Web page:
-E020.25 J/cm2 (532 nm, 10 ns, 10 Hz, Ø0.803 mm)
-E031 J/cm2 (810 nm, 10 ns, 10 Hz, Ø0.133 mm),
0.5 J/cm2 (1064 nm, 10 ns, 10 Hz, Ø0.433 mm)
-E042.5 J/cm2 (1542 nm, 10 ns, 10 Hz, Ø0.181 mm)

Damage Threshold Data for Thorlabs' Broadband Dielectric Mirrors

The specifications to the right are measured data for Thorlabs' broadband dielectric mirrors. Damage threshold specifications are constant for a given coating type, regardless of the size and shape of the mirror.

 

Laser Induced Damage Threshold Tutorial

This following is a general overview of how laser induced damage thresholds are measured and how the values may be utilized in determining the appropriateness of an optic for a given application. When choosing optics, it is important to understand the Laser Induced Damage Threshold (LIDT) of the optics being used. The LIDT for an optic greatly depends on the type of laser you are using. Continuous wave (CW) lasers typically cause damage from thermal effects (absorption either in the coating or in the substrate). Pulsed lasers, on the other hand, often strip electrons from the lattice structure of an optic before causing thermal damage. Note that the guideline presented here assumes room temperature operation and optics in new condition (i.e., within scratch-dig spec, surface free of contamination, etc.). Because dust or other particles on the surface of an optic can cause damage at lower thresholds, we recommend keeping surfaces clean and free of debris. For more information on cleaning optics, please see our Optics Cleaning tutorial.

Testing Method

Thorlabs' LIDT testing is done in compliance with ISO/DIS11254 specifications. A standard 1-on-1 testing regime is performed to test the damage threshold.

First, a low-power/energy beam is directed to the optic under test. The optic is exposed in 10 locations to this laser beam for a set duration of time (CW) or number of pulses (prf specified). After exposure, the optic is examined by a microscope (~100X magnification) for any visible damage. The number of locations that are damaged at a particular power/energy level is recorded. Next, the power/energy is either increased or decreased and the optic is exposed at 10 new locations. This process is repeated until damage is observed. The damage threshold is then assigned to be the highest power/energy that the optic can withstand without causing damage. A histogram such as that below represents the testing of one BB1-E02 mirror.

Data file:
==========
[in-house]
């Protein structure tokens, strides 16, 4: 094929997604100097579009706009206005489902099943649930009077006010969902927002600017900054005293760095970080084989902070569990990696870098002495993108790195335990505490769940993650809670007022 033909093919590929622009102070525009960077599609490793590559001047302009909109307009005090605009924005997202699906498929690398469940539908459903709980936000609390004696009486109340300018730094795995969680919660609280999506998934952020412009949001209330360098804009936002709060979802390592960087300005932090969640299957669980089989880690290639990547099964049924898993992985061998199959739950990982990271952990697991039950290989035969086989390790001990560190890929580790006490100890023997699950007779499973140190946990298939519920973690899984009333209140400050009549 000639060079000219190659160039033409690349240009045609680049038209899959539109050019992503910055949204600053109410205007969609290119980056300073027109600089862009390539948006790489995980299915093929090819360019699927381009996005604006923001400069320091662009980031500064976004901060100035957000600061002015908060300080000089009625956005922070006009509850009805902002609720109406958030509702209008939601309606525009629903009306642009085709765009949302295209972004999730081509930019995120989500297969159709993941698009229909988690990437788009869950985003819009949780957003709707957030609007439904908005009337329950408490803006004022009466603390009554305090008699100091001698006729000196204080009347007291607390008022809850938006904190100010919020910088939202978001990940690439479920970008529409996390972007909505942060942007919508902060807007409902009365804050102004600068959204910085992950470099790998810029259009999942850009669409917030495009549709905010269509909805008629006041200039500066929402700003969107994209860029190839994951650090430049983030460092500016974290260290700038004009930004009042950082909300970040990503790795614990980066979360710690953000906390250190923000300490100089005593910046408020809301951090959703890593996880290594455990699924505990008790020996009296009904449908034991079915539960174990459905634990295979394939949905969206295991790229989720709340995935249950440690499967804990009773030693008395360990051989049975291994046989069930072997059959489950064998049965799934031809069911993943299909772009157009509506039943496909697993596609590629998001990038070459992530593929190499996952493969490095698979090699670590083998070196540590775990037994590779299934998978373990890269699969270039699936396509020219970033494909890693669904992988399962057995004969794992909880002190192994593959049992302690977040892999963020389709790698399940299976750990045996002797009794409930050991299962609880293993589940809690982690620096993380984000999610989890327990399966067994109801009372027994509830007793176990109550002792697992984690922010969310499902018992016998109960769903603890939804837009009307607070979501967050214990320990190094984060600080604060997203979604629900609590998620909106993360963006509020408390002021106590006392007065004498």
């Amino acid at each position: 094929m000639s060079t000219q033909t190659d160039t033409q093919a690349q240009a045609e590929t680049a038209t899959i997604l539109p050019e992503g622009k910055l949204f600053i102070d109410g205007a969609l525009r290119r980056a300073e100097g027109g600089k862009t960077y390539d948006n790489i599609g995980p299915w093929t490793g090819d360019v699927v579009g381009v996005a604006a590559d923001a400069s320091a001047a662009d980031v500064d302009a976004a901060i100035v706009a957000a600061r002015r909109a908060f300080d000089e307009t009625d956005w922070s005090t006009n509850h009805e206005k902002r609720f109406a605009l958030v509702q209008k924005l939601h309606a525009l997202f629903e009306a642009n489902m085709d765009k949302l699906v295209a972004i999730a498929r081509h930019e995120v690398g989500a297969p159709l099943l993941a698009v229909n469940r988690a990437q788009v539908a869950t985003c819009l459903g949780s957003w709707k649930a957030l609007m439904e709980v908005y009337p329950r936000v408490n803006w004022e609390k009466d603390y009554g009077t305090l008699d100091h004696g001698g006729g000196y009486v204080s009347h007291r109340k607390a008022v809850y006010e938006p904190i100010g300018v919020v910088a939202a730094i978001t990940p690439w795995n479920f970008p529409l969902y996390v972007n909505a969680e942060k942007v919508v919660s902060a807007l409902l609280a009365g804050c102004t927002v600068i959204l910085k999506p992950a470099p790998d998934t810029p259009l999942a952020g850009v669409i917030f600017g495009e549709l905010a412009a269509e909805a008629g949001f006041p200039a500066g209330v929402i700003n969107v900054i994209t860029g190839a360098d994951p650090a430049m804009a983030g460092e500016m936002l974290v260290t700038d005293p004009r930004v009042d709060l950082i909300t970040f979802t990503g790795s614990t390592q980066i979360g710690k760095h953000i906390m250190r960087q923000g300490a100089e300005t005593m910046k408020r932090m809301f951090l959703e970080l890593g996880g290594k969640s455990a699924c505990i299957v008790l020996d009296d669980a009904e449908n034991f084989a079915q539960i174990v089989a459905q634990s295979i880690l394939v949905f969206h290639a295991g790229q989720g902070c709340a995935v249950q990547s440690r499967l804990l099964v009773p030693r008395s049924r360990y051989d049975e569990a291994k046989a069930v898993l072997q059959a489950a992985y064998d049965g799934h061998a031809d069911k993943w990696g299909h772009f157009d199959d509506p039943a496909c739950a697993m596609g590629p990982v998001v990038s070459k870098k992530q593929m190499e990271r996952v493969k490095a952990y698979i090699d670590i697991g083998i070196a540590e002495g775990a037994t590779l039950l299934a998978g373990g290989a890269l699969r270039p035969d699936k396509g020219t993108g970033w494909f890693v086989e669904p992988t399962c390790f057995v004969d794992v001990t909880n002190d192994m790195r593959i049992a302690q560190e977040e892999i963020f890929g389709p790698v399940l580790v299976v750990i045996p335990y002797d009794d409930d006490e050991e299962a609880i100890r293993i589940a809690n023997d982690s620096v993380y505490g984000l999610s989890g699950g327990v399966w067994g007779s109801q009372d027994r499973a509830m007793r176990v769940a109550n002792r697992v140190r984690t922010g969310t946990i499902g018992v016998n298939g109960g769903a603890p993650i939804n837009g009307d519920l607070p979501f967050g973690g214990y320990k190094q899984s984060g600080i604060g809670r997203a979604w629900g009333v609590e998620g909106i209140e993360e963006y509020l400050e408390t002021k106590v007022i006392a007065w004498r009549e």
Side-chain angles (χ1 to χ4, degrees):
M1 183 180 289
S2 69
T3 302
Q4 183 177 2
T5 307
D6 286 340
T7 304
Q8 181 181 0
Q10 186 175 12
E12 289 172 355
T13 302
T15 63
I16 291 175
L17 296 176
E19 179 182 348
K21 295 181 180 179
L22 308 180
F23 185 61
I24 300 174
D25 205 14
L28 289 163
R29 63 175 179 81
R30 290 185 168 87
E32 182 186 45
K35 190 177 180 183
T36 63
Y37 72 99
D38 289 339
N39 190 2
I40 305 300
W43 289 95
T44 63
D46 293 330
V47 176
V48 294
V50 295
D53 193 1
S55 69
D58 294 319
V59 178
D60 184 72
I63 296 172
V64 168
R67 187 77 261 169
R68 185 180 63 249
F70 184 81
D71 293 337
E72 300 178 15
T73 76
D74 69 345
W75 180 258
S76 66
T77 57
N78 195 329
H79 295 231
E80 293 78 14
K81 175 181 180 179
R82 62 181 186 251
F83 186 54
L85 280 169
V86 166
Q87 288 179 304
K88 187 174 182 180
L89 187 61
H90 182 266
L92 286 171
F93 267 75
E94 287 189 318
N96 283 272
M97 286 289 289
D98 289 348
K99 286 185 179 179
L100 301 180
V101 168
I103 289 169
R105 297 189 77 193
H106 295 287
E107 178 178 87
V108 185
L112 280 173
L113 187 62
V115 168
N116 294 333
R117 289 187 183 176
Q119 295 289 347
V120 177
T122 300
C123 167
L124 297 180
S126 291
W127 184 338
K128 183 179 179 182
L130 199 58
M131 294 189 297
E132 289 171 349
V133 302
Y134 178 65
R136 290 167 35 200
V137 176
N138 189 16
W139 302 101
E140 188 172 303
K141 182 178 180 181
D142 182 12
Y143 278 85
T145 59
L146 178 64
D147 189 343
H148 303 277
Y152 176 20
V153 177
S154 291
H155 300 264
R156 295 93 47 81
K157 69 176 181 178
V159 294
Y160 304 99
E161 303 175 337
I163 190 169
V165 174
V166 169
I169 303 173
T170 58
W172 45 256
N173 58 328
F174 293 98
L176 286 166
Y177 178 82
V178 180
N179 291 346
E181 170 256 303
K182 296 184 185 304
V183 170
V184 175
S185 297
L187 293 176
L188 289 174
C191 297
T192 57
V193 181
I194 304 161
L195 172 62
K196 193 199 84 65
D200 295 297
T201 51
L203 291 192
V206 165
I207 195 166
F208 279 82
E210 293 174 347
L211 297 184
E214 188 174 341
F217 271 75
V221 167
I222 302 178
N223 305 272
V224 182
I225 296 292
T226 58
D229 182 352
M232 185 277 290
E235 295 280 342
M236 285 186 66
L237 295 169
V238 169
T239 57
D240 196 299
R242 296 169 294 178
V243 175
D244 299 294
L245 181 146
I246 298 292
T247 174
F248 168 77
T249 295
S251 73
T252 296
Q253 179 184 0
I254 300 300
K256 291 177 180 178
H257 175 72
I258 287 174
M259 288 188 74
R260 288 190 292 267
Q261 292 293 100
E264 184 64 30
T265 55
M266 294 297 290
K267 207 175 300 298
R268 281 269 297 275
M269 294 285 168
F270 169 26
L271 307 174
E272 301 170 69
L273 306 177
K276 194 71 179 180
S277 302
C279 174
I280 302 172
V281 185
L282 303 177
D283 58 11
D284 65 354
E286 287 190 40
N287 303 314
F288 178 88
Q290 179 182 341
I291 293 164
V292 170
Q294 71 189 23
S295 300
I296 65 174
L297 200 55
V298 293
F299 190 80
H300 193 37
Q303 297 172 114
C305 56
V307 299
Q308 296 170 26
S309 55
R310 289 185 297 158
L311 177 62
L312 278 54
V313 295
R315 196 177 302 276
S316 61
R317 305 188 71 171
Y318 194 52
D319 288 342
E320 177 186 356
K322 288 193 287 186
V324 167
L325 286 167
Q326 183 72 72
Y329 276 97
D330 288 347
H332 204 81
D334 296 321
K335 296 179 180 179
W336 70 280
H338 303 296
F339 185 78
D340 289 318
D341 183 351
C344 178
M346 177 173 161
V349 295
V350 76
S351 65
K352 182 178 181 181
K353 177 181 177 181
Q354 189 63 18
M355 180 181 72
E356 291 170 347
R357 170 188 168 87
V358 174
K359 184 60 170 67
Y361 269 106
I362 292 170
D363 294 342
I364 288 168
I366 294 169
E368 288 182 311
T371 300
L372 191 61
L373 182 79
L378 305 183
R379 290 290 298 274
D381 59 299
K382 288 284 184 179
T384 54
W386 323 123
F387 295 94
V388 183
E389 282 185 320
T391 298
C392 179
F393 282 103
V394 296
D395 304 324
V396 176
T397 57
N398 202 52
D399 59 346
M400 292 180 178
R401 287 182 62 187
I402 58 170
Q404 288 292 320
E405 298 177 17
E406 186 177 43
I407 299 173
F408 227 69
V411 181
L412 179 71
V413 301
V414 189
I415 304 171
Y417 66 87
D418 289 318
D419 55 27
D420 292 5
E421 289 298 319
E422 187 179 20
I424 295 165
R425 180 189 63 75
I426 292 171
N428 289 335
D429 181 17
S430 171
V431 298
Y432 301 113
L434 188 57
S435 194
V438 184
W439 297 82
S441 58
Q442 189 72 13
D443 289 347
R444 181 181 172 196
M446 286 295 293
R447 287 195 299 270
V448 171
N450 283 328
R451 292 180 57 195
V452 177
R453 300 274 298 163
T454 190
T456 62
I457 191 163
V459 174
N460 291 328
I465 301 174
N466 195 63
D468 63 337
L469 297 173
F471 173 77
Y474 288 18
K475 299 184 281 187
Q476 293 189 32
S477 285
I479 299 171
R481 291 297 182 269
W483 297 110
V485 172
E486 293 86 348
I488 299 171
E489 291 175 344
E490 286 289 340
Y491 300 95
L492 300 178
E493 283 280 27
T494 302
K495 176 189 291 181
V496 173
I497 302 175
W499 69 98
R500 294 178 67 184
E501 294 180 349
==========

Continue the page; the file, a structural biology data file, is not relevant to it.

LIDT metallic mirror
The photograph above is a protected aluminum-coated mirror after LIDT testing. In this particular test, it handled 0.43 J/cm2 (1064 nm, 10 ns pulse, 10 Hz, Ø1.000 mm) before damage.
LIDT BB1-E02
Example Test Data
Fluence# of Tested LocationsLocations with DamageLocations Without Damage
1.50 J/cm210010
1.75 J/cm210010
2.00 J/cm210010
2.25 J/cm21019
3.00 J/cm21019
5.00 J/cm21091

According to the test, the damage threshold of the mirror was 2.00 J/cm2 (532 nm, 10 ns pulse, 10 Hz, Ø0.803 mm). Please keep in mind that it is only representative of one coating run and that Thorlabs' specified damage thresholds account for coating variances.

Continuous Wave and Long-Pulse Lasers

When an optic is damaged by a continuous wave (CW) laser, it is usually due to the melting of the surface as a result of absorbing the laser's energy or damage to the optical coating (antireflection) [1]. Pulsed lasers with pulse lengths longer than 1 µs can be treated as CW lasers for LIDT discussions. Additionally, when pulse lengths are between 1 ns and 1 µs, LIDT can occur either because of absorption or a dielectric breakdown (must check both CW and pulsed LIDT). Absorption is either due to an intrinsic property of the optic or due to surface irregularities; thus LIDT values are only valid for optics meeting or exceeding the surface quality specifications given by a manufacturer. While many optics can handle high power CW lasers, cemented (e.g., achromatic doublets) or highly absorptive (e.g., ND filters) optics tend to have lower CW damage thresholds. These lower thresholds are due to absorption or scattering in the cement or metal coating.

Linear Power Density Scaling